Foreign missions in Kabul call for a ceasefire in the Taliban | Conflict News
Hours after the Doha meeting failed to reach an agreement on a ceasefire, 15 diplomatic missions called for an “emergency end” of the offensive.
15 diplomatic missions and NATO representatives in Kabul joined forces to urge the Taliban to stop military offensives across Afghanistan. Doha Peace Conference Unable to reach agreement on a ceasefire.
In the past two days, a high-level delegation of Afghan leaders met with Taliban political leaders in the capital of Qatar, but a statement issued by the Taliban late on Sunday did not mention stopping the escalating violence in Afghanistan.
“This Eid al-Fitr, the Taliban should always lay down their weapons and show the world their commitment to the peace process,” 15 missions and NATO representatives said, referring to the Muslim holiday in Afghanistan on Tuesday.
The joint statement was supported by senior civilian representatives from Australia, Canada, the Czech Republic, Denmark, the European Union, Finland, France, Germany, Italy, Japan, South Korea, the Netherlands, Spain, Sweden, the United Kingdom and the United States, and NATO.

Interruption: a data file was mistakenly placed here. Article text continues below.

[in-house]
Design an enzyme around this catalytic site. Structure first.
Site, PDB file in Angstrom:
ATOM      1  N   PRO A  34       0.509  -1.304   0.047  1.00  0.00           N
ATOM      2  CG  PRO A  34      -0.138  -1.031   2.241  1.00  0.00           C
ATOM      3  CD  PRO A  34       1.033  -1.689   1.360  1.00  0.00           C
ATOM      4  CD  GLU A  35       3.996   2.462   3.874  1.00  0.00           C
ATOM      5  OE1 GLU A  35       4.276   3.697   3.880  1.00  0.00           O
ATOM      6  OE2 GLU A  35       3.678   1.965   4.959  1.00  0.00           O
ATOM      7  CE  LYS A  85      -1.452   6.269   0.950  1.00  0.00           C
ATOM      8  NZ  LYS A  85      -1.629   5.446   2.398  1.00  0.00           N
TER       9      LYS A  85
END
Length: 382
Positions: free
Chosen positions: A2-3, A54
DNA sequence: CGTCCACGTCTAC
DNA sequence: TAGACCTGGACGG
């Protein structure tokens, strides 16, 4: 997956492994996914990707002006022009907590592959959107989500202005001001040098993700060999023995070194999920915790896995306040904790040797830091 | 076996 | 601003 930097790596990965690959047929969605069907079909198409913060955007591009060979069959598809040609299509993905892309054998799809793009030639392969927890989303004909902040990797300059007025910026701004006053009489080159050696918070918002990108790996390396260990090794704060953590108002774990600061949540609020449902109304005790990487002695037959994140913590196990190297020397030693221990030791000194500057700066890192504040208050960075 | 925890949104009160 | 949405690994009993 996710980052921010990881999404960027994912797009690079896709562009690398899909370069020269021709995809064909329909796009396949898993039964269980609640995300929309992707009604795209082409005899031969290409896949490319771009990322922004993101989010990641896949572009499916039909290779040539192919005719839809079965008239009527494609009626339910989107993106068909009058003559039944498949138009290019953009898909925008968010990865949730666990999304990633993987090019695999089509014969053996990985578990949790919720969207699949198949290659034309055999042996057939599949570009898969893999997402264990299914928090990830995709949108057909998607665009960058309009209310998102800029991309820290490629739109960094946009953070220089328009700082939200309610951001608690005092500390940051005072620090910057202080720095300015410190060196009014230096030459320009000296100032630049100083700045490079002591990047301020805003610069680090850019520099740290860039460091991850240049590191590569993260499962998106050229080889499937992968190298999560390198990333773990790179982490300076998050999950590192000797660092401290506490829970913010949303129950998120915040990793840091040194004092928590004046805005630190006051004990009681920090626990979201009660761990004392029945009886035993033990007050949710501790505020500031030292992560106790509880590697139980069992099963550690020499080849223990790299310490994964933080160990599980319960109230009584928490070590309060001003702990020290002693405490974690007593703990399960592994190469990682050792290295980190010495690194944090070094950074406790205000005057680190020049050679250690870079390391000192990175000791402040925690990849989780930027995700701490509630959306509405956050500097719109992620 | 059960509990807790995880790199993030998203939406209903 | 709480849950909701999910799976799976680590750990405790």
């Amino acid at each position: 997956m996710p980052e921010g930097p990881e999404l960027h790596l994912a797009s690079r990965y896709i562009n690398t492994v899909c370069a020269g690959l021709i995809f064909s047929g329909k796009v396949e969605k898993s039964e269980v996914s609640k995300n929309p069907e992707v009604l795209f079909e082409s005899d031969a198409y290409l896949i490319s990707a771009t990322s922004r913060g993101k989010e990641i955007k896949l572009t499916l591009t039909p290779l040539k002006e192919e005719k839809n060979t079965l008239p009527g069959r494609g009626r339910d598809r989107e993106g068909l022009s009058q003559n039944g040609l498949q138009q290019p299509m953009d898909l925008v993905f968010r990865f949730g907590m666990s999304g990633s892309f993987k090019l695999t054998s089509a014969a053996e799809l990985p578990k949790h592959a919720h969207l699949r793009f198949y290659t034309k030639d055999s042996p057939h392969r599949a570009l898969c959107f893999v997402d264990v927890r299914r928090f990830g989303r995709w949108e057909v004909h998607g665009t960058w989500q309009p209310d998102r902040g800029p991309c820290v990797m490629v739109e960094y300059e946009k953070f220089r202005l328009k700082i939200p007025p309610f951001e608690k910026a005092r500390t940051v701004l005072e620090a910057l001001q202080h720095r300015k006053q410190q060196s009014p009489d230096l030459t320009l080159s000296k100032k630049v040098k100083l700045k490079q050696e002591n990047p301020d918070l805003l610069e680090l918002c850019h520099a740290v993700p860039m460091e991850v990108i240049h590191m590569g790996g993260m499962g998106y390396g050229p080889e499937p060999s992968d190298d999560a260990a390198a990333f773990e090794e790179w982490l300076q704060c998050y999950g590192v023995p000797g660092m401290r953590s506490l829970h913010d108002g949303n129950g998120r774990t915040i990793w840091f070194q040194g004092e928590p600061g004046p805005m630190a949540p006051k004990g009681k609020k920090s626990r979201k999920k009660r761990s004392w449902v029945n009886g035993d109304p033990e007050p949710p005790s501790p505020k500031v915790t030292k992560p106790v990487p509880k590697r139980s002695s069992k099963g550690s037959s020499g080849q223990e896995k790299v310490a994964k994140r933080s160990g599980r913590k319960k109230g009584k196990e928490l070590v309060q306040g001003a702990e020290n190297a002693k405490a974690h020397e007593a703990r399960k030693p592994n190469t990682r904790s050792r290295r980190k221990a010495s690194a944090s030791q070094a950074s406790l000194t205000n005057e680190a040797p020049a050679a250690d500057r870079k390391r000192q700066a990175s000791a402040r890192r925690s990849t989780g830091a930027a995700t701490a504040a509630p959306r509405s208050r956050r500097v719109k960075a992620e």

The joint statement said: “The Taliban’s offensive is in direct contradiction with their support for a negotiated settlement.”
“It has caused the loss of innocent Afghans, including continued targeted killings, civilian displacement, looting and burning of buildings, destruction of important infrastructure, and destruction of communication networks.”
In the past few Eid al-Fitr holidays, the Taliban called for a temporary ceasefire and expressed their hope that the Afghans can spend it in peace.
There was no such announcement this time because the Taliban quickly acquired territory in an almost unprecedented battle across the country.
After 20 years of fighting, foreign troops have almost completely withdrawn, expanded across the country, occupied hundreds of areas, seized key border crossings, and surrounded the provincial capital. The organization has gained confidence.
Statements issued by 15 delegations on Monday also condemned human rights violations, such as efforts to close schools and media institutions in areas recently occupied by the Taliban, which the Taliban had previously denied.